Saturday 6 April 2024

All the nice people were poor

The Girls of Slender Means

If your reading preference is for door-stop sized sagas featuring families or fantasies, Muriel Sparks's 134-page The Girls of Slender Means may not appeal. The girls in question are aged under thirty, living away from home at the May of Teck Club, and starting out on their working lives. It reminded me of all-female halls of residence at university.

The opening chapters set the scene in London at the end of WW2, between VE Day and VJ Day, and introduce the shocking news that Nicholas Farringdon, the "one that got on to the roof to sleep out with Selina", has been "martyred". The middle of the book recounts how Nicholas came to be introduced to the Club, and establishes the characters of several of the girls: Jane Wright, my favourite, who hopes to become a writer; Joanna Childe, training to be an elocution teacher; and at 'the top of the house, on the fourth floor, the most attractive, sophisticated and lively girls', including the beautiful Selina, and Anne, who loans her 'Schiaparelli taffeta evening dress' in return for ration coupons and other items.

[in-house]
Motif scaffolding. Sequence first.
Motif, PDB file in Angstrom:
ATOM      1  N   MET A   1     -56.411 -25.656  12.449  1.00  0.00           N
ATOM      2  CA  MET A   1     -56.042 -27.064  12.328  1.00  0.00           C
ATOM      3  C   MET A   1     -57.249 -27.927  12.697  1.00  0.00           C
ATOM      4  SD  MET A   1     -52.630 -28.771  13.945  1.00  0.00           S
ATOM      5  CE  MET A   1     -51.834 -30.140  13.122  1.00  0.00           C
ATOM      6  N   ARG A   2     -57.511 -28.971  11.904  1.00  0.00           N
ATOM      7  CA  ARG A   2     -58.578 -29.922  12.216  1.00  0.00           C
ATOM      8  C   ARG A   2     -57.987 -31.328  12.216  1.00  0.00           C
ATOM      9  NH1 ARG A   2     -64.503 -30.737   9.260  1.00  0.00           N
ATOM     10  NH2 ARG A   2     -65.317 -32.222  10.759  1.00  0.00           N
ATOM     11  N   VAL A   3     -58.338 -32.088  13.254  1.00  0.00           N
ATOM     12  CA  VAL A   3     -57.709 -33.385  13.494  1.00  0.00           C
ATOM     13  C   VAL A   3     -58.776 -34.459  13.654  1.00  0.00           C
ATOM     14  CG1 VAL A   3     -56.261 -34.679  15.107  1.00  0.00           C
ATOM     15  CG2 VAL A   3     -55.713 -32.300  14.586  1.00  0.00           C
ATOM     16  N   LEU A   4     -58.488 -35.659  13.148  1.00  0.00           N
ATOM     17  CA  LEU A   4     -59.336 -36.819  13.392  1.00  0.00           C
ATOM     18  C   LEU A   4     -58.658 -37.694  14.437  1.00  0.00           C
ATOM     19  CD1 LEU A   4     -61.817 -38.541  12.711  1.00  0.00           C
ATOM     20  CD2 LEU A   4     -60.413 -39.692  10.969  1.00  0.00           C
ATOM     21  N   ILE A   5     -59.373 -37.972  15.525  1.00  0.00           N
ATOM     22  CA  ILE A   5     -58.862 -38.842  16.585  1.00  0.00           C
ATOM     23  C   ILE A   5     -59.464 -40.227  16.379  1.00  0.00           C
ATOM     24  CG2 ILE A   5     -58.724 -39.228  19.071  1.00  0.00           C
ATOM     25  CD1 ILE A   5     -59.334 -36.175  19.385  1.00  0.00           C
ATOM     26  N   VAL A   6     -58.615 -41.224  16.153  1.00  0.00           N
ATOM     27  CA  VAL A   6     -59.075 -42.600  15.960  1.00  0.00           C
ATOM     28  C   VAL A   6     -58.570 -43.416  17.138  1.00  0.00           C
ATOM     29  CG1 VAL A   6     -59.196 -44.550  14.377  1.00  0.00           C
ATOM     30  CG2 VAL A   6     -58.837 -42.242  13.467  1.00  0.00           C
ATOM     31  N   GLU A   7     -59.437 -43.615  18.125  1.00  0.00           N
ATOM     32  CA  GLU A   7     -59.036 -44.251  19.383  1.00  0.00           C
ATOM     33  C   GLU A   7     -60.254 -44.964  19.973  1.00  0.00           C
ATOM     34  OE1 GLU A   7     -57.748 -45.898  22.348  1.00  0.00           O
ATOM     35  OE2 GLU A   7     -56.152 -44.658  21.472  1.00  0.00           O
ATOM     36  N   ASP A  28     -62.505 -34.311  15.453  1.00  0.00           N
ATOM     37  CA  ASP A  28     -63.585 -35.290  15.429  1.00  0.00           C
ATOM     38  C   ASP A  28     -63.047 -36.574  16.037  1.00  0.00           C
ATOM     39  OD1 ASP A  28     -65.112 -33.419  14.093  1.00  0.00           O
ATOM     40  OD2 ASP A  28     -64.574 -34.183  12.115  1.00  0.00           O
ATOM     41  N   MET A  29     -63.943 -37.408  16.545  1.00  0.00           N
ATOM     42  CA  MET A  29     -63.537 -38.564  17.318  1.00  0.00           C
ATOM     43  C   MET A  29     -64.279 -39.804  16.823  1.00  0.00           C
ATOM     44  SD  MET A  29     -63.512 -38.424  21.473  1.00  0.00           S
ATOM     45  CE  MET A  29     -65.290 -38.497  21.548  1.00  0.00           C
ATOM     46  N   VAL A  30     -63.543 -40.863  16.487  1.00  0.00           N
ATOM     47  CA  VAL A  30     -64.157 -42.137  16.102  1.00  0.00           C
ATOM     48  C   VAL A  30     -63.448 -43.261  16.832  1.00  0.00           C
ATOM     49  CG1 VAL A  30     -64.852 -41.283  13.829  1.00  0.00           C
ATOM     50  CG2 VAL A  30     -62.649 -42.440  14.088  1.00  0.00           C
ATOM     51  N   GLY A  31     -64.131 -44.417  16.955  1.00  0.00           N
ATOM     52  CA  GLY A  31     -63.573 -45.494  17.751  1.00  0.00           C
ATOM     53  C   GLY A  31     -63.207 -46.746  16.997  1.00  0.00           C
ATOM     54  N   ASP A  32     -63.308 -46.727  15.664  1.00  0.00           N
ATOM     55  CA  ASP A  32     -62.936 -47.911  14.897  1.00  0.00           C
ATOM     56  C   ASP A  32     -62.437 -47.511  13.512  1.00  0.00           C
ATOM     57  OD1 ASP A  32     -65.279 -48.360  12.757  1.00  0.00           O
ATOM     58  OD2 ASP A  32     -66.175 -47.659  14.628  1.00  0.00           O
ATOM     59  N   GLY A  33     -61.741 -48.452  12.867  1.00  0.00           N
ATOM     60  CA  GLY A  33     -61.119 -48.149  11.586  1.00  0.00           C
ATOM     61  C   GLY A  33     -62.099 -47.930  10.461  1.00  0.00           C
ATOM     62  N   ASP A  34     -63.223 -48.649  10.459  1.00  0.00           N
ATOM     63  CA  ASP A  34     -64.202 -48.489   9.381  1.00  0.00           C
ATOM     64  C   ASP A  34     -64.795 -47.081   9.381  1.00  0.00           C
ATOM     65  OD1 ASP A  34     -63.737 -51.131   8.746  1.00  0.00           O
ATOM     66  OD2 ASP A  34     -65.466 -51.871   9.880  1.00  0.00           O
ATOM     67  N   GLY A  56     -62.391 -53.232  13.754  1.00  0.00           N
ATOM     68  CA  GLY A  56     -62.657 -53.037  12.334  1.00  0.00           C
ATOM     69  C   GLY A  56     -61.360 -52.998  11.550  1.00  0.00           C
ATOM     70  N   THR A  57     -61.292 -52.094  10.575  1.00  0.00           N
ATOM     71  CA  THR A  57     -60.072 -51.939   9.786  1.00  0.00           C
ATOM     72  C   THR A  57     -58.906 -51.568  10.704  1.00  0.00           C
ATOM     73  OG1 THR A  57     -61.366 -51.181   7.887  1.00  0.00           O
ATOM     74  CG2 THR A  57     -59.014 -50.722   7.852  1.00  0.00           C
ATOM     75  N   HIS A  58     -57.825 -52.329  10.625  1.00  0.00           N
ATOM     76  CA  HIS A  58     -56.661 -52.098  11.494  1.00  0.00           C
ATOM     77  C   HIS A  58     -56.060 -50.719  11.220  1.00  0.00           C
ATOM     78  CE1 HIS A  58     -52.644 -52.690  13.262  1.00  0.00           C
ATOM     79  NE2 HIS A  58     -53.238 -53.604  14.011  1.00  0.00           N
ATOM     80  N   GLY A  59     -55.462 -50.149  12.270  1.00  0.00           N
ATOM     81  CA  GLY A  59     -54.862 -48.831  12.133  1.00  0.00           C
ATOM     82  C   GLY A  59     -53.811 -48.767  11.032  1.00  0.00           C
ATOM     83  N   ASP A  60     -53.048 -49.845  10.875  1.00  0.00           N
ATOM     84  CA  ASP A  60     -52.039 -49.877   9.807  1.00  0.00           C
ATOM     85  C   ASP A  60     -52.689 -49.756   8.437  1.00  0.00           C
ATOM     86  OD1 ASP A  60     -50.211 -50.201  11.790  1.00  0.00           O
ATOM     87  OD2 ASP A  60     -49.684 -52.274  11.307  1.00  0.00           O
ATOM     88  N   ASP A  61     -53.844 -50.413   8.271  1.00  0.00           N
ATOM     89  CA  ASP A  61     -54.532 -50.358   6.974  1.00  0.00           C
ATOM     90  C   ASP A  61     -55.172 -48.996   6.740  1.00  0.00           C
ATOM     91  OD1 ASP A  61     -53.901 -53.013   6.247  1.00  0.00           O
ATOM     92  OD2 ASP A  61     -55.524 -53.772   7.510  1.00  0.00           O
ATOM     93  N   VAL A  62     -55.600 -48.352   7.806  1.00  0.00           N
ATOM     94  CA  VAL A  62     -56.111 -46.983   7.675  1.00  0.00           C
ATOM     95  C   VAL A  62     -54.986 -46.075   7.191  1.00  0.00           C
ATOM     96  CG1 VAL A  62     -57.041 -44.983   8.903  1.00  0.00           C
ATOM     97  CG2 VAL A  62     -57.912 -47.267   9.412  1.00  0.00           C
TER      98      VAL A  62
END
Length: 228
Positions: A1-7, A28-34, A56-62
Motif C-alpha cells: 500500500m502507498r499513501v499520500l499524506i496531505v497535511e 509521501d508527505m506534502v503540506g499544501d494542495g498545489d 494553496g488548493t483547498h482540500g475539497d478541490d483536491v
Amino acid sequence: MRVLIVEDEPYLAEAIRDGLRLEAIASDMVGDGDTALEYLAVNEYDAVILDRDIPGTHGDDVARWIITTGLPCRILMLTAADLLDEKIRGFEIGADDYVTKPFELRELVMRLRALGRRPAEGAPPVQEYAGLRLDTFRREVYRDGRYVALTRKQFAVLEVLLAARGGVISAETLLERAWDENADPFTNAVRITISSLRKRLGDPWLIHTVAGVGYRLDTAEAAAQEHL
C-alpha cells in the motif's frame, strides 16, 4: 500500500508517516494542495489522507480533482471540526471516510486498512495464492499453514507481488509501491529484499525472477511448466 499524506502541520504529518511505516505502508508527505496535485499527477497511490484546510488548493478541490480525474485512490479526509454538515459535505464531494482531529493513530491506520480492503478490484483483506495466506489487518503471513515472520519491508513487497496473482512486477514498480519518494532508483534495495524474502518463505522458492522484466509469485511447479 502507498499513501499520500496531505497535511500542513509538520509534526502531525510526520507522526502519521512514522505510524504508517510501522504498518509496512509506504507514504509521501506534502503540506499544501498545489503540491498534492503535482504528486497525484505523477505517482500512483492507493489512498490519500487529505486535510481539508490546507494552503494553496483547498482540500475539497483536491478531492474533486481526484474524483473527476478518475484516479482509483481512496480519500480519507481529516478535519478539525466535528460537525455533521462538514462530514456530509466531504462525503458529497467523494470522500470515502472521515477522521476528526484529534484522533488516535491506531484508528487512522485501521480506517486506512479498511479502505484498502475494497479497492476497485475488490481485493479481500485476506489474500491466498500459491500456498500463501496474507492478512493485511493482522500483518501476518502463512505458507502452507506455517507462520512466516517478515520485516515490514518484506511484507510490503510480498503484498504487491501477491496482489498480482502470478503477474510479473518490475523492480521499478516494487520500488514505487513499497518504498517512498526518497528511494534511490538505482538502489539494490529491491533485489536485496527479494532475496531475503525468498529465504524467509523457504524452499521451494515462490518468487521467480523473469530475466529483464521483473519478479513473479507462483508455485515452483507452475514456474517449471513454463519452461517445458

For logophiles there are lots of poetry quotes to follow up, and the description of life at the end of WW2 is well drawn. In the last two chapters many seemingly trivial previous scenes are revealed to be important, and life turns very alarming. Everything comes together in the most clever and satisfying way, and you're left wondering why Muriel Spark isn't as feted as other writers.

No comments:

Post a Comment